Christie is not anticipated to make an endorsement soon, and prior to announcing his decision to suspend his campaign, he was apparently caught on a hot mic disparaging Haley’s chances in the primary.

“She’s going to get smoked,” he was heard saying to someone whose identity was not immediately clear.

“She’s not up to this,” he added.

Christie also said on that hot mic that he had talked to DeSantis and called him “petrified” — which DeSantis soon said wasn’t true — though sources told ABC News that the two have been talking by phone in recent weeks and DeSantis called Christie ahead of his announcement on Wednesday.

Months ago, advisers close to DeSantis fretted about a nightmare scenario: Christie dropping out before the New Hampshire primary, sources said. Some even warned the candidate himself about the possibility, according to one source.

Those advisers worried if Christie ended his 2024 bid before New Hampshire, most of his supporters would turn toward Haley and deal a blow to DeSantis in the state, per sources.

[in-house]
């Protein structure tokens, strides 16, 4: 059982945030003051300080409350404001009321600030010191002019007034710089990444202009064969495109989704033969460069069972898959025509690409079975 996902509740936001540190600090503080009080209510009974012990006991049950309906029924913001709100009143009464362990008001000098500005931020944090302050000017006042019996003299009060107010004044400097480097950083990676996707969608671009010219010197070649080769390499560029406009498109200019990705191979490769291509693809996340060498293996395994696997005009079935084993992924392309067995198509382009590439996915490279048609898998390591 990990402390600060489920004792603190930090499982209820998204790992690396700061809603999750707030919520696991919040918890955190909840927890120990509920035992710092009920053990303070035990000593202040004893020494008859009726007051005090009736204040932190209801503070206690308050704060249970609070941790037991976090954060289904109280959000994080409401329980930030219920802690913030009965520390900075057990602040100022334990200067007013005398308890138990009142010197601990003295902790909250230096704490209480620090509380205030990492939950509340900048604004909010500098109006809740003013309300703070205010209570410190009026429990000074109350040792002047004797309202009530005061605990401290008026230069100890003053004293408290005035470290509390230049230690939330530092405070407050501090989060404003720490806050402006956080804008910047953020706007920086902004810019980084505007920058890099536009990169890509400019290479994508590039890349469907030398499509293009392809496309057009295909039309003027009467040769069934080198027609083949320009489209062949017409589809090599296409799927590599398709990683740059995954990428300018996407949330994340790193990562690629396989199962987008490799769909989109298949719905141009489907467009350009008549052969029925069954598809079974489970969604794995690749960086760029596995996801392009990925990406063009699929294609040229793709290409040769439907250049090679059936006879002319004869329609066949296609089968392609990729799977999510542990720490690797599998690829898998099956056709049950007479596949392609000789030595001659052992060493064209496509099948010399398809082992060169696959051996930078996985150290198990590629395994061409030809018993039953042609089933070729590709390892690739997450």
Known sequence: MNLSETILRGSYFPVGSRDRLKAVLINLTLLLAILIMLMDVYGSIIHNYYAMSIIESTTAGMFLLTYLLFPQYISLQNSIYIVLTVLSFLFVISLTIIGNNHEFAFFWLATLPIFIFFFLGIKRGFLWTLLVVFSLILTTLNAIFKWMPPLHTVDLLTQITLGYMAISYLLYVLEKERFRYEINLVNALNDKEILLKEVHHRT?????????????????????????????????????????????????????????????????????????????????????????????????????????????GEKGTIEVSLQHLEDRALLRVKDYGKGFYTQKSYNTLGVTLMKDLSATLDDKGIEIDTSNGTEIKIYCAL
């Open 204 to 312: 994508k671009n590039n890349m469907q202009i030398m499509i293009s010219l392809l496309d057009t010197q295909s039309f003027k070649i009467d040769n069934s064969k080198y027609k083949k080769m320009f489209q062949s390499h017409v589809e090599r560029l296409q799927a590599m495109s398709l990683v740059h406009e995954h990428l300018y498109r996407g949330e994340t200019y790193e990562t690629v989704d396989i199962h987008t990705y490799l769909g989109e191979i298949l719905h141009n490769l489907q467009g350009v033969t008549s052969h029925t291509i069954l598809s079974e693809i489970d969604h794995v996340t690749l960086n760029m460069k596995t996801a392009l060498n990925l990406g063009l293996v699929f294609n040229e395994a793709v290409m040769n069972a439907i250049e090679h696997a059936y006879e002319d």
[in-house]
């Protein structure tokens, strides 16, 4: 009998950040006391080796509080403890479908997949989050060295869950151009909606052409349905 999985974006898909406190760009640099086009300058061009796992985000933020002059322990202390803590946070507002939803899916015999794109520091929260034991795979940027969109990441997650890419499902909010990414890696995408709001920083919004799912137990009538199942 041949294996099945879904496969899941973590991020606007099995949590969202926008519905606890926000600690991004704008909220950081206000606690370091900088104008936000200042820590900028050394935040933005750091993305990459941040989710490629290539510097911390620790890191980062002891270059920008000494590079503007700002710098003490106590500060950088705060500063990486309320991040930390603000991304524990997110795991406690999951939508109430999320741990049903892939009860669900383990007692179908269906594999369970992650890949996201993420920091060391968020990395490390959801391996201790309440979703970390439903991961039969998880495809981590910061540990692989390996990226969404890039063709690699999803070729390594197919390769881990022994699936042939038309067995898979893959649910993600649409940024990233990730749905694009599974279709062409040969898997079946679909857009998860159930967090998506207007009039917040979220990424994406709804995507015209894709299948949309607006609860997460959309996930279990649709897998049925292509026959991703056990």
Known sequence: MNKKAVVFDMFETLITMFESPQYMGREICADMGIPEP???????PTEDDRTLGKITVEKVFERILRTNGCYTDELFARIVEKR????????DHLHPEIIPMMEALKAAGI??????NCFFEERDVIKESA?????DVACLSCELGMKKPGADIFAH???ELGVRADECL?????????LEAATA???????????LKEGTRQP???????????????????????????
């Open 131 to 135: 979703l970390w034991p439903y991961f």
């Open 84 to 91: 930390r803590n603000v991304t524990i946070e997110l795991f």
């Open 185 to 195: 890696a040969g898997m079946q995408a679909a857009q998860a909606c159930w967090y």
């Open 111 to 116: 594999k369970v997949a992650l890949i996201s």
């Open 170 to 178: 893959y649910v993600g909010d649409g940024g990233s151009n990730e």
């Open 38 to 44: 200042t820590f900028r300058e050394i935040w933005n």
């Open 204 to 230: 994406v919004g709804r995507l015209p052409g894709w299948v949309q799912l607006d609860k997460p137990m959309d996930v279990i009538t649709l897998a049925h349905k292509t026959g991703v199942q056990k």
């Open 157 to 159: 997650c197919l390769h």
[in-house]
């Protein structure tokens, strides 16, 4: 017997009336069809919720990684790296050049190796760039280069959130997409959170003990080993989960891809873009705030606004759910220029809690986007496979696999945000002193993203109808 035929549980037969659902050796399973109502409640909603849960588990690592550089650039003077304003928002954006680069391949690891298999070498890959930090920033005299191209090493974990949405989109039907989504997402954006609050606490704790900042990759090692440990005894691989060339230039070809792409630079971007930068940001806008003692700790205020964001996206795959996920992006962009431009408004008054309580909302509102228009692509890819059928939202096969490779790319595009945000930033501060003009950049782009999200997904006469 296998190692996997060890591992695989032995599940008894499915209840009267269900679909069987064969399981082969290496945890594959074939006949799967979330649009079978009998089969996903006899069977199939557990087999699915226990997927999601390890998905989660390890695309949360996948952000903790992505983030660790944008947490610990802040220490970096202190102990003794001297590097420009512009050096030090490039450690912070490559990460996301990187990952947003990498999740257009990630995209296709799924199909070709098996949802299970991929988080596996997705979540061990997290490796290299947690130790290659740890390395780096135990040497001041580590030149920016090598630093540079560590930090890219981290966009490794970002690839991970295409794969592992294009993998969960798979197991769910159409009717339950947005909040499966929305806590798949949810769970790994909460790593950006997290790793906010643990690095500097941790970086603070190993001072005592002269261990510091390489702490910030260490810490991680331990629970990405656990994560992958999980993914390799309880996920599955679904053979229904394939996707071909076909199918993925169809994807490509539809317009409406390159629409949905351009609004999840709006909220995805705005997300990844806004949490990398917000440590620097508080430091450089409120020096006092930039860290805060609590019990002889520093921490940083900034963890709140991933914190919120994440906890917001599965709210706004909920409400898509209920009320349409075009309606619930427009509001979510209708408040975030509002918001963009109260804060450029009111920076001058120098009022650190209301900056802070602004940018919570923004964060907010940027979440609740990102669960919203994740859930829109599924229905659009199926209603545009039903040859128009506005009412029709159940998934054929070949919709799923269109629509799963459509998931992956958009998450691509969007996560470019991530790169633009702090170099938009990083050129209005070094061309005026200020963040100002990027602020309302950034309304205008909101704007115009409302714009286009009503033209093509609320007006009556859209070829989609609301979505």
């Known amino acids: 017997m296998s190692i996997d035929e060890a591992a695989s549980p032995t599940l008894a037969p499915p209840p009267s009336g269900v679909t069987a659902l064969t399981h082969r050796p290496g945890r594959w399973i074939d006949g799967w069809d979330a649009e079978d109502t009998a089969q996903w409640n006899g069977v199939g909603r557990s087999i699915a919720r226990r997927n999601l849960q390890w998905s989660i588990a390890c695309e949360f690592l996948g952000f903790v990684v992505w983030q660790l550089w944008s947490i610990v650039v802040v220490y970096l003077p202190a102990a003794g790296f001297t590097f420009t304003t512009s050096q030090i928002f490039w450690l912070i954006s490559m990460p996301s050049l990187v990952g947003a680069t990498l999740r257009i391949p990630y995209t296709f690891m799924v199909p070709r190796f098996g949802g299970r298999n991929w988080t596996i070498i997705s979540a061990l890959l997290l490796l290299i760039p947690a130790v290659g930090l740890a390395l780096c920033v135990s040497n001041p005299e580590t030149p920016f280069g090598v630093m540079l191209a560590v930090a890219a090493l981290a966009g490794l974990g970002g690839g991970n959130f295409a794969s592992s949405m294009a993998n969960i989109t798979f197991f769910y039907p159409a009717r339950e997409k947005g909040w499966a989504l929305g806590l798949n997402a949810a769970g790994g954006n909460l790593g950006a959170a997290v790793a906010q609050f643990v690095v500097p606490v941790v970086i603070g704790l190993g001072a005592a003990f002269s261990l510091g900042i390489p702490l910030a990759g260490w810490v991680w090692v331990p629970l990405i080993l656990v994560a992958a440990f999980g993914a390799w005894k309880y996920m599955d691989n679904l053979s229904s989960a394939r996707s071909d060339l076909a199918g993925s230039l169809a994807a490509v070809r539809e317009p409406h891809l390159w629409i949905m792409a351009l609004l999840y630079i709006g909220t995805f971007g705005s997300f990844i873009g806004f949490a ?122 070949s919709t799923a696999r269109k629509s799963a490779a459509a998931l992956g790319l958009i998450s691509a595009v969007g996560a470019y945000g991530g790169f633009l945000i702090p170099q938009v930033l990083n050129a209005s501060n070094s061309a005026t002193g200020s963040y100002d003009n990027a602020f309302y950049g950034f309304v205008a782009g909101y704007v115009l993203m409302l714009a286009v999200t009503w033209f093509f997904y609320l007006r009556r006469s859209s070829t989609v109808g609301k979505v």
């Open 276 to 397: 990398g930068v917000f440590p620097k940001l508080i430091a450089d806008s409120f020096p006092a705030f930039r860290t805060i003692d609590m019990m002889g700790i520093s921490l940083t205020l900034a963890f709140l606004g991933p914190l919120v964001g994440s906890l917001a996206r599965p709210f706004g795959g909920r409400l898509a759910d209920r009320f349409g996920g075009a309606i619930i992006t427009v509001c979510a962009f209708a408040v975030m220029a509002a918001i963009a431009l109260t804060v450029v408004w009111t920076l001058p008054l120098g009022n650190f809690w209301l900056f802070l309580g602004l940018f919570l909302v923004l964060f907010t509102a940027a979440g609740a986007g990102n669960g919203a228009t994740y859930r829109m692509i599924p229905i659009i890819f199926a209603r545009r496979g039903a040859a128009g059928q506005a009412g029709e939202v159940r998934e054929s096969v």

DeSantis’ campaign had no comment, though his allies have still been projecting confidence.

“If they want to look at somebody that’s viable and is running against President Trump — I mean, Christie’s voters are all just ‘never Trumpers,’ right? So if they want somebody that’s actually running against the former president, the only guy in the race doing that is DeSantis,” said a person familiar with his New Hampshire strategy.

Beyond New Hampshire and elsewhere in the primary race, Christie’s withdrawal is expected to have a minimal impact.